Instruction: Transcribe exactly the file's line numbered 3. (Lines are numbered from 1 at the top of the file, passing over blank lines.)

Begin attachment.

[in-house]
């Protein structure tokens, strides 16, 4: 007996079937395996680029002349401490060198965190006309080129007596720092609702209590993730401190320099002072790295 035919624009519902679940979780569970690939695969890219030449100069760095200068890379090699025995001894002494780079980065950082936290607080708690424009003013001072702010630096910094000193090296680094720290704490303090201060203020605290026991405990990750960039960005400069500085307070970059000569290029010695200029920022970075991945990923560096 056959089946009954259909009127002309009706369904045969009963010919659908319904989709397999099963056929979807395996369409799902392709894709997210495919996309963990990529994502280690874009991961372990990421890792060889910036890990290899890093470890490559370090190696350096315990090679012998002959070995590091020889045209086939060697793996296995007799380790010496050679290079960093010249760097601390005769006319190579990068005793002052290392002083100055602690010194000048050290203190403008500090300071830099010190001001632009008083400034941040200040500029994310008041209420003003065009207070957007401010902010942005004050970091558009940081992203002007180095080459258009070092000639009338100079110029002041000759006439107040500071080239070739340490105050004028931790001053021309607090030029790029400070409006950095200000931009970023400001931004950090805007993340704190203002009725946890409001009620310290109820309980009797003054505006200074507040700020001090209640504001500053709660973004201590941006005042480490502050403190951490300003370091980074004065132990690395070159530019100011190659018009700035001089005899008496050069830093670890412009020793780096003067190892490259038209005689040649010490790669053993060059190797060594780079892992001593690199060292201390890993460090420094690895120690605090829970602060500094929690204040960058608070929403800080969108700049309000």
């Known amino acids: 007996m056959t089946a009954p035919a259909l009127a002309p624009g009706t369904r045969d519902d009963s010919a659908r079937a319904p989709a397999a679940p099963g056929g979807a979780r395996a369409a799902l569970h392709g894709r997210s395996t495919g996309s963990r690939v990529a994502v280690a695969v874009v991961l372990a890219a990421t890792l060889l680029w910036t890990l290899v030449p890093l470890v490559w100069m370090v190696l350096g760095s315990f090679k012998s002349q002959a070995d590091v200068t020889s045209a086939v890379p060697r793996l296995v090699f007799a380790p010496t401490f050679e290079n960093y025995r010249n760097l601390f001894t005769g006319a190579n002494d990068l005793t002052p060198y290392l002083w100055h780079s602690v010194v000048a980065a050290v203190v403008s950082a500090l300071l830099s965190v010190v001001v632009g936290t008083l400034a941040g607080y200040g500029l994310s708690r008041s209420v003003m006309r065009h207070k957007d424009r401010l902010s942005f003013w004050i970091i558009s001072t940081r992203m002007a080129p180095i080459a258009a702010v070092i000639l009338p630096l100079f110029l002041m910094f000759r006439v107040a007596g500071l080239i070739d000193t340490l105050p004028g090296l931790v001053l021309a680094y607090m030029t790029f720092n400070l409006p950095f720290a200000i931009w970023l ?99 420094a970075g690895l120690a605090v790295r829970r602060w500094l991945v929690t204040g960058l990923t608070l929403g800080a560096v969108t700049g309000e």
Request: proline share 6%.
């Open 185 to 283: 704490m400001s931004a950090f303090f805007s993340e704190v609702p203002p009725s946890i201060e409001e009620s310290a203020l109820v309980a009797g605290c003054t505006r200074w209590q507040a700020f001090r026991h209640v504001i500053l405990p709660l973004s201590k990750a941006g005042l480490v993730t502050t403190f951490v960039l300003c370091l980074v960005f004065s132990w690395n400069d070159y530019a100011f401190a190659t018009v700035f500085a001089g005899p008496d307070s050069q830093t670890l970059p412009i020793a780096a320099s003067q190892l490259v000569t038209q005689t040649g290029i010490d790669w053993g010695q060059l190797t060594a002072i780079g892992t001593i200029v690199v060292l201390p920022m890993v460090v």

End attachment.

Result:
């Known amino acids: 007996m056959t089946a009954p035919a259909l009127a002309p624009g009706t369904r045969d519902d009963s010919a659908r079937a319904p989709a397999a679940p099963g056929g979807a979780r395996a369409a799902l569970h392709g894709r997210s395996t495919g996309s963990r690939v990529a994502v280690a695969v874009v991961l372990a890219a990421t890792l060889l680029w910036t890990l290899v030449p890093l470890v490559w100069m370090v190696l350096g760095s315990f090679k012998s002349q002959a070995d590091v200068t020889s045209a086939v890379p060697r793996l296995v090699f007799a380790p010496t401490f050679e290079n960093y025995r010249n760097l601390f001894t005769g006319a190579n002494d990068l005793t002052p060198y290392l002083w100055h780079s602690v010194v000048a980065a050290v203190v403008s950082a500090l300071l830099s965190v010190v001001v632009g936290t008083l400034a941040g607080y200040g500029l994310s708690r008041s209420v003003m006309r065009h207070k957007d424009r401010l902010s942005f003013w004050i970091i558009s001072t940081r992203m002007a080129p180095i080459a258009a702010v070092i000639l009338p630096l100079f110029l002041m910094f000759r006439v107040a007596g500071l080239i070739d000193t340490l105050p004028g090296l931790v001053l021309a680094y607090m030029t790029f720092n400070l409006p950095f720290a200000i931009w970023l ?99 420094a970075g690895l120690a605090v790295r829970r602060w500094l991945v929690t204040g960058l990923t608070l929403g800080a560096v969108t700049g309000e």